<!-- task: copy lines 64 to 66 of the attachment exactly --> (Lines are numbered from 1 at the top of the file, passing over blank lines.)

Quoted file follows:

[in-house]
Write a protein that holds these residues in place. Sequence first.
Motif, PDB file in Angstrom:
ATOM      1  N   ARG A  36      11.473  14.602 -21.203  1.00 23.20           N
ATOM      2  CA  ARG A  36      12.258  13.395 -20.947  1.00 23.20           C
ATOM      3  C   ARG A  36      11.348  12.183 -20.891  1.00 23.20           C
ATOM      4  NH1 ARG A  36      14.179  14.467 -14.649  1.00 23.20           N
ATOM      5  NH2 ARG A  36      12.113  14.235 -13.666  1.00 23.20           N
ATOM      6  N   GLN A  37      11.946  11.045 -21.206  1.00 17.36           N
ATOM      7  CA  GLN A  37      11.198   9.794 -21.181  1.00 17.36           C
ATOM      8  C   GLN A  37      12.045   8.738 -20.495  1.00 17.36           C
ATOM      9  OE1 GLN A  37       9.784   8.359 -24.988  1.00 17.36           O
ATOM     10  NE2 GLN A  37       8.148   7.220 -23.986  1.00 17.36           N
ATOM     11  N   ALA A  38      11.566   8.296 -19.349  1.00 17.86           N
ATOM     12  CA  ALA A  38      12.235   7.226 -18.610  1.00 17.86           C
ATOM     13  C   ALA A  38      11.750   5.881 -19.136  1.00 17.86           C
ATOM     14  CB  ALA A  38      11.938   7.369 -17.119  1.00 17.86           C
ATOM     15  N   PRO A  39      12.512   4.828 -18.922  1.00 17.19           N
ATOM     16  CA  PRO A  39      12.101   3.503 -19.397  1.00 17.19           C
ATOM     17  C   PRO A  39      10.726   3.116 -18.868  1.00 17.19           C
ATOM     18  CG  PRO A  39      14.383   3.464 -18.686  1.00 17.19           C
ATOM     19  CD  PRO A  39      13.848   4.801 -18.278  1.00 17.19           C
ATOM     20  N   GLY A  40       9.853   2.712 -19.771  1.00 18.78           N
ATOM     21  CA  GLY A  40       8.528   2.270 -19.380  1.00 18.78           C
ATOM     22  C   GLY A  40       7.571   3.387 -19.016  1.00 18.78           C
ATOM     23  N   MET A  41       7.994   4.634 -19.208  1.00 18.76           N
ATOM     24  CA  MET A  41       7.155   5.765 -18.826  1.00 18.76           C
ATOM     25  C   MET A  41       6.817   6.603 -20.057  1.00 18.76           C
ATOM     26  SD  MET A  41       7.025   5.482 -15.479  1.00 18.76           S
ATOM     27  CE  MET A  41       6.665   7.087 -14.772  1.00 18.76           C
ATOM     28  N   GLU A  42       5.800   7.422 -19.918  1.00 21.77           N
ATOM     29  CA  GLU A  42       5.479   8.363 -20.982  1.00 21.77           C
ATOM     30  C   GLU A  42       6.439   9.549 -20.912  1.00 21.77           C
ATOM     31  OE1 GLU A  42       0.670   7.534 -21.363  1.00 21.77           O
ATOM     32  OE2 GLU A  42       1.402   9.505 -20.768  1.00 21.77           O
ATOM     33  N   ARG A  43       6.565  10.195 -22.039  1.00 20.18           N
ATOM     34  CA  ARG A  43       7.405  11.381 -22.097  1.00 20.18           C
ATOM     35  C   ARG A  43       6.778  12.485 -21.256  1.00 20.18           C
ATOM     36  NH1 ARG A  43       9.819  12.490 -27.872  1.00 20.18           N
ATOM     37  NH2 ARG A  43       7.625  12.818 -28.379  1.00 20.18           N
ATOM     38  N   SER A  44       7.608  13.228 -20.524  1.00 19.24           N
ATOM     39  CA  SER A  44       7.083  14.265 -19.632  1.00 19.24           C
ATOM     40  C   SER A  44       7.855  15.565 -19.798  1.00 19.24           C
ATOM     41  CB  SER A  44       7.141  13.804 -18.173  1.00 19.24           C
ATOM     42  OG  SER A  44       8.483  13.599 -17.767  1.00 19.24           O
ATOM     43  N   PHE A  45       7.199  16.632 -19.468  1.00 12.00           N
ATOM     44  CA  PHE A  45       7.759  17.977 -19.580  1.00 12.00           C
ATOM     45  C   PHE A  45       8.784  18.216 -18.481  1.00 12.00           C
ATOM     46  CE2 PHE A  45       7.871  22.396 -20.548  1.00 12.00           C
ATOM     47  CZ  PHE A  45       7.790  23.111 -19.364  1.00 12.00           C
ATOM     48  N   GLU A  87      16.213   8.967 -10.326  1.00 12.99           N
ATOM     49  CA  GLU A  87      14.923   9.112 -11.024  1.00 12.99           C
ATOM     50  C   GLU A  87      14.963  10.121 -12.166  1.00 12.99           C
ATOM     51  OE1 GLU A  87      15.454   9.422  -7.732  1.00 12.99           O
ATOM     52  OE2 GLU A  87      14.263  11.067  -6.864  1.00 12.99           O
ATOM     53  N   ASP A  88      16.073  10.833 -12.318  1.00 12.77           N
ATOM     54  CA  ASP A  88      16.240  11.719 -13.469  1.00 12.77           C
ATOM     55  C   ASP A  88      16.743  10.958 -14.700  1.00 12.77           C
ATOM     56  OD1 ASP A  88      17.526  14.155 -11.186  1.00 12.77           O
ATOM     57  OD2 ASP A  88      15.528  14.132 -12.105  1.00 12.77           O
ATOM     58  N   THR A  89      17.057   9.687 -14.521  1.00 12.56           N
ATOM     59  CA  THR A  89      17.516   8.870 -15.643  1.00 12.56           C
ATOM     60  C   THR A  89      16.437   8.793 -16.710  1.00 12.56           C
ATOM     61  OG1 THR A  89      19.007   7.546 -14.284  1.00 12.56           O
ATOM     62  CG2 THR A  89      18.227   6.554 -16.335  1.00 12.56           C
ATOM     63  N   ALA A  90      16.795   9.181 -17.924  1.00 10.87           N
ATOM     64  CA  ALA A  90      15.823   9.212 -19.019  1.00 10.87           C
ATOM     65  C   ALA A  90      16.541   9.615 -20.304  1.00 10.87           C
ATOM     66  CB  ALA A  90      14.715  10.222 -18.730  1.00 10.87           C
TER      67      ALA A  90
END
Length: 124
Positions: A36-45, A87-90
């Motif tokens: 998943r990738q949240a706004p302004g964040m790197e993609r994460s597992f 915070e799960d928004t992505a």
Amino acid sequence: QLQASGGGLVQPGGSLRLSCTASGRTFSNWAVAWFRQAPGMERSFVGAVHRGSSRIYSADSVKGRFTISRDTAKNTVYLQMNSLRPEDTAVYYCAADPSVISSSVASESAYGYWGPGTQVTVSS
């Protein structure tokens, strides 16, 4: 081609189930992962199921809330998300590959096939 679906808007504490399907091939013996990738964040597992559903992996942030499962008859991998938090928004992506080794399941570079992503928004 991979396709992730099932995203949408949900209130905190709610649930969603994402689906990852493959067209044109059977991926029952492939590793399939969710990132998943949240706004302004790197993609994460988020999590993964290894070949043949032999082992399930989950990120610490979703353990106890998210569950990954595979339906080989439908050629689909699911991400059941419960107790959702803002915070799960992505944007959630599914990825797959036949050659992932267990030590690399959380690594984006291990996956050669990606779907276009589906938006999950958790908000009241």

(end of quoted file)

ATOM     61  OG1 THR A  89      19.007   7.546 -14.284  1.00 12.56           O
ATOM     62  CG2 THR A  89      18.227   6.554 -16.335  1.00 12.56           C
ATOM     63  N   ALA A  90      16.795   9.181 -17.924  1.00 10.87           N